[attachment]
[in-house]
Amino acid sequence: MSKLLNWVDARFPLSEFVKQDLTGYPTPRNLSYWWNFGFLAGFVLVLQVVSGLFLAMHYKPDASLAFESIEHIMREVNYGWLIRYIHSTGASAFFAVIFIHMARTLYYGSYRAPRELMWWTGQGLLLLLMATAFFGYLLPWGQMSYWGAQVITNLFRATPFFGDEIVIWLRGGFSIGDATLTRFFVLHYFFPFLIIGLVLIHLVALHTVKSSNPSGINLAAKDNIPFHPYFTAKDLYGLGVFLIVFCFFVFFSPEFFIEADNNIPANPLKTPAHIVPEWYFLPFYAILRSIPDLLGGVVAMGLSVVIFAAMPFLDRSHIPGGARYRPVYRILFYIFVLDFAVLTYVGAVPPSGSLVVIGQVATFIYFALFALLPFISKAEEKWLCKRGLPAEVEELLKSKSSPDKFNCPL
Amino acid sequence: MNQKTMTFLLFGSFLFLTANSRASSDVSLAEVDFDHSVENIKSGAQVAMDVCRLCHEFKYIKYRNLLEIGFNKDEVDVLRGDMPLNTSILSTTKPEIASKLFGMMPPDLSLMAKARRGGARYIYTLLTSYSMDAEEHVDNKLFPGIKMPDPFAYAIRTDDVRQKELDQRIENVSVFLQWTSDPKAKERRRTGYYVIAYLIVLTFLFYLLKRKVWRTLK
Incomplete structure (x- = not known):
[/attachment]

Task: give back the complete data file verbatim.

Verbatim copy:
[in-house]
Amino acid sequence: MSKLLNWVDARFPLSEFVKQDLTGYPTPRNLSYWWNFGFLAGFVLVLQVVSGLFLAMHYKPDASLAFESIEHIMREVNYGWLIRYIHSTGASAFFAVIFIHMARTLYYGSYRAPRELMWWTGQGLLLLLMATAFFGYLLPWGQMSYWGAQVITNLFRATPFFGDEIVIWLRGGFSIGDATLTRFFVLHYFFPFLIIGLVLIHLVALHTVKSSNPSGINLAAKDNIPFHPYFTAKDLYGLGVFLIVFCFFVFFSPEFFIEADNNIPANPLKTPAHIVPEWYFLPFYAILRSIPDLLGGVVAMGLSVVIFAAMPFLDRSHIPGGARYRPVYRILFYIFVLDFAVLTYVGAVPPSGSLVVIGQVATFIYFALFALLPFISKAEEKWLCKRGLPAEVEELLKSKSSPDKFNCPL
Amino acid sequence: MNQKTMTFLLFGSFLFLTANSRASSDVSLAEVDFDHSVENIKSGAQVAMDVCRLCHEFKYIKYRNLLEIGFNKDEVDVLRGDMPLNTSILSTTKPEIASKLFGMMPPDLSLMAKARRGGARYIYTLLTSYSMDAEEHVDNKLFPGIKMPDPFAYAIRTDDVRQKELDQRIENVSVFLQWTSDPKAKERRRTGYYVIAYLIVLTFLFYLLKRKVWRTLK
Incomplete structure (x- = not known):